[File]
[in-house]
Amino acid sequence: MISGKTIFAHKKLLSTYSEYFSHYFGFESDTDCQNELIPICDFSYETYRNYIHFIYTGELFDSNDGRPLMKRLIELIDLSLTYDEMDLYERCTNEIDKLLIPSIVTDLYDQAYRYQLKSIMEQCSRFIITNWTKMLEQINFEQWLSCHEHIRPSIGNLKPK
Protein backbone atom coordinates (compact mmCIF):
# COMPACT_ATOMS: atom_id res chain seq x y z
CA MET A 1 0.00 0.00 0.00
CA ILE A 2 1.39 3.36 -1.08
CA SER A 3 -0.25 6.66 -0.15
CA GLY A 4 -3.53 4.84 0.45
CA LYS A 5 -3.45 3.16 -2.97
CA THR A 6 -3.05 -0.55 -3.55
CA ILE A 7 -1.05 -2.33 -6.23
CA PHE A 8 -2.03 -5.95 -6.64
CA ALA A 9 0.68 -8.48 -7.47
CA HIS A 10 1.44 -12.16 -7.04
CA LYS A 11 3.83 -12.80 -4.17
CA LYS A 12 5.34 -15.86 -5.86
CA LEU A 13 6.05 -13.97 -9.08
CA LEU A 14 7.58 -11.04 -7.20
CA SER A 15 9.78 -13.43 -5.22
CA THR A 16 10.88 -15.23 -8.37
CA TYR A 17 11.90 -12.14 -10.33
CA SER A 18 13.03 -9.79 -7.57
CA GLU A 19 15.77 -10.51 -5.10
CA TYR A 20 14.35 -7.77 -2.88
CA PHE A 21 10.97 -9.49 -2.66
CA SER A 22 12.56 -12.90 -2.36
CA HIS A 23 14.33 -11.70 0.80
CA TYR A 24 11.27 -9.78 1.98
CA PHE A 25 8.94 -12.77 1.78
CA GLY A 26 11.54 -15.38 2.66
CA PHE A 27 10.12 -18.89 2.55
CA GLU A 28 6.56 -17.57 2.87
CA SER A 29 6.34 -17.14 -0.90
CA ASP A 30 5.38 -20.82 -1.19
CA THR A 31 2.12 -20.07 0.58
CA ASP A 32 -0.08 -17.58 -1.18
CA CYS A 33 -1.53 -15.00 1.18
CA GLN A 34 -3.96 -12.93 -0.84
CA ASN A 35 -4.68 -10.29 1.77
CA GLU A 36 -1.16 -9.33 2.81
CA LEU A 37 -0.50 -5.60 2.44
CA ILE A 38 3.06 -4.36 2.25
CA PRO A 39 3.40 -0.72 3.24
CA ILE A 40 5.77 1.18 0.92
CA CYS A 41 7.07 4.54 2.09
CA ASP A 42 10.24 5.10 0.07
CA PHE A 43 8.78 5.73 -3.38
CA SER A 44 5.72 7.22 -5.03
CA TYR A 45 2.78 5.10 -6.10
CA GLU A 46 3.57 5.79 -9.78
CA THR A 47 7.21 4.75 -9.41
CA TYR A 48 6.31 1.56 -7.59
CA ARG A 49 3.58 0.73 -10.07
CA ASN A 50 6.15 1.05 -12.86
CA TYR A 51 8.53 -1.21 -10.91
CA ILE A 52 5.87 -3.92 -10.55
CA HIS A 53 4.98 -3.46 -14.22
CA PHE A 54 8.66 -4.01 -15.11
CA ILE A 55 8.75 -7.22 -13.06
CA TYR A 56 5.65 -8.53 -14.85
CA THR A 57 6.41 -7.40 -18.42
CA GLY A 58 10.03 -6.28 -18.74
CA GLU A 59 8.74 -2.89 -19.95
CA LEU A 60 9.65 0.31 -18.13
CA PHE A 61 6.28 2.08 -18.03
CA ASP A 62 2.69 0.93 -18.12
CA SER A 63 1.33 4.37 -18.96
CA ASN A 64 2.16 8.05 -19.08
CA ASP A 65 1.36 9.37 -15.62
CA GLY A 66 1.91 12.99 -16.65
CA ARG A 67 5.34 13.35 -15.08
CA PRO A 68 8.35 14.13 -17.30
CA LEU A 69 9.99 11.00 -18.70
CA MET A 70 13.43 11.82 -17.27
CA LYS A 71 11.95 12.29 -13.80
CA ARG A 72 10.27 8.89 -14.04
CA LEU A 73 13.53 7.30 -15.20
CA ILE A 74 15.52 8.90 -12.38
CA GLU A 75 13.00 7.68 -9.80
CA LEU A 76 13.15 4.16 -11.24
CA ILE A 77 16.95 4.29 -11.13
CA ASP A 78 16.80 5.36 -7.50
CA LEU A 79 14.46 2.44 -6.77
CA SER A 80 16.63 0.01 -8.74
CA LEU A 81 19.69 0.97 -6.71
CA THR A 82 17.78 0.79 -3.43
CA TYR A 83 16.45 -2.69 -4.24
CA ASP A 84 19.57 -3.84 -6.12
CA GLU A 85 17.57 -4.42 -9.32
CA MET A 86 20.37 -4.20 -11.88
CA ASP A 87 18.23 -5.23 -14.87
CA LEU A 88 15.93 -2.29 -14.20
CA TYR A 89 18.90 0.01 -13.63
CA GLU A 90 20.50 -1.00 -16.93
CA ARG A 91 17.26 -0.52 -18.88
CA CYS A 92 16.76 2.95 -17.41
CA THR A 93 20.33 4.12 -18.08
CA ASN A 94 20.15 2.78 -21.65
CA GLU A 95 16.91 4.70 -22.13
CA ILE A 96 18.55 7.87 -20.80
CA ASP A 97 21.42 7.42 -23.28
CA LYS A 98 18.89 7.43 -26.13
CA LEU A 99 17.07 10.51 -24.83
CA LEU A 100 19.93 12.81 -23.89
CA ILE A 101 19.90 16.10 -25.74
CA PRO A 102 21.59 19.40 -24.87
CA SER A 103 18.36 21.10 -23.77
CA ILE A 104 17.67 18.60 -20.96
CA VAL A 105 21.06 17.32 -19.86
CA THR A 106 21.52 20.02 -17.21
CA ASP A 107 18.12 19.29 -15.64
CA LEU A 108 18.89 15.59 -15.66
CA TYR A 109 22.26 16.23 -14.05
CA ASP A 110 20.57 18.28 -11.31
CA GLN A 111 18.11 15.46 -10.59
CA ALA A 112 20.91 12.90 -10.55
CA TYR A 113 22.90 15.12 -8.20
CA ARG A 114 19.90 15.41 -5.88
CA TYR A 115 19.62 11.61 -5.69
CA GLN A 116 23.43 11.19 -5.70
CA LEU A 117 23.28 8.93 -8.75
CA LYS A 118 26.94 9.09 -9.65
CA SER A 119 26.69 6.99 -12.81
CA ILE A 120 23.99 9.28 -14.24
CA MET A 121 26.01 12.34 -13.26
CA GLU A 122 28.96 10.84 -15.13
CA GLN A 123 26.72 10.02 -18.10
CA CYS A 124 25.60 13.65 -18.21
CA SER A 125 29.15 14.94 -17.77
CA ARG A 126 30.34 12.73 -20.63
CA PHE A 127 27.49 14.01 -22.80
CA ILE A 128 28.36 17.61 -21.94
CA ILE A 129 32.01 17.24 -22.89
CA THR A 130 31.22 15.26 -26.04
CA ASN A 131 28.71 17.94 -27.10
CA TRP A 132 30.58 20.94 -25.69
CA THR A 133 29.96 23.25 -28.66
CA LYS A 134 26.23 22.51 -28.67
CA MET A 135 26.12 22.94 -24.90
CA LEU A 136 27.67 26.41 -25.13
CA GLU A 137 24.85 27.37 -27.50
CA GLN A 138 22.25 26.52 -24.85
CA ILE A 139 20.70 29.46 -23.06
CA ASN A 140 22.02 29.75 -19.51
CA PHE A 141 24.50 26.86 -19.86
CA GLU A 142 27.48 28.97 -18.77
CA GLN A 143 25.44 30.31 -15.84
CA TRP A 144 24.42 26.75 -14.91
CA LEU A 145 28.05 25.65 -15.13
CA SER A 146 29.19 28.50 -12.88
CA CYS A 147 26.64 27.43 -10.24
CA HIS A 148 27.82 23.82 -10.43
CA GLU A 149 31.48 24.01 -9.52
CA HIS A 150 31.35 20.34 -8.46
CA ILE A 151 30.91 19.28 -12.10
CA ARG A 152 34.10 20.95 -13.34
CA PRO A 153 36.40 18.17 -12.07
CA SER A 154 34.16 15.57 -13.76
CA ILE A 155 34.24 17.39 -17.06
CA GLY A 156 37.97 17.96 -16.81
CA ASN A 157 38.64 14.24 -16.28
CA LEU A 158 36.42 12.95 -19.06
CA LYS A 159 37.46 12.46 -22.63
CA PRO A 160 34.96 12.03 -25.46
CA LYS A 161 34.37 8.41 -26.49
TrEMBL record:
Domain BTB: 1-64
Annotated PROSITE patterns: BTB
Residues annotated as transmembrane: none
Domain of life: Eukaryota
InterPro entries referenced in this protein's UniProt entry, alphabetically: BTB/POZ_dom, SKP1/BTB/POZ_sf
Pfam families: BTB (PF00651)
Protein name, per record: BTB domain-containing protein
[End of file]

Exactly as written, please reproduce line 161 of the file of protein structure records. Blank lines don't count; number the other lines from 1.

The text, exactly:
CA ASN A 157 38.64 14.24 -16.28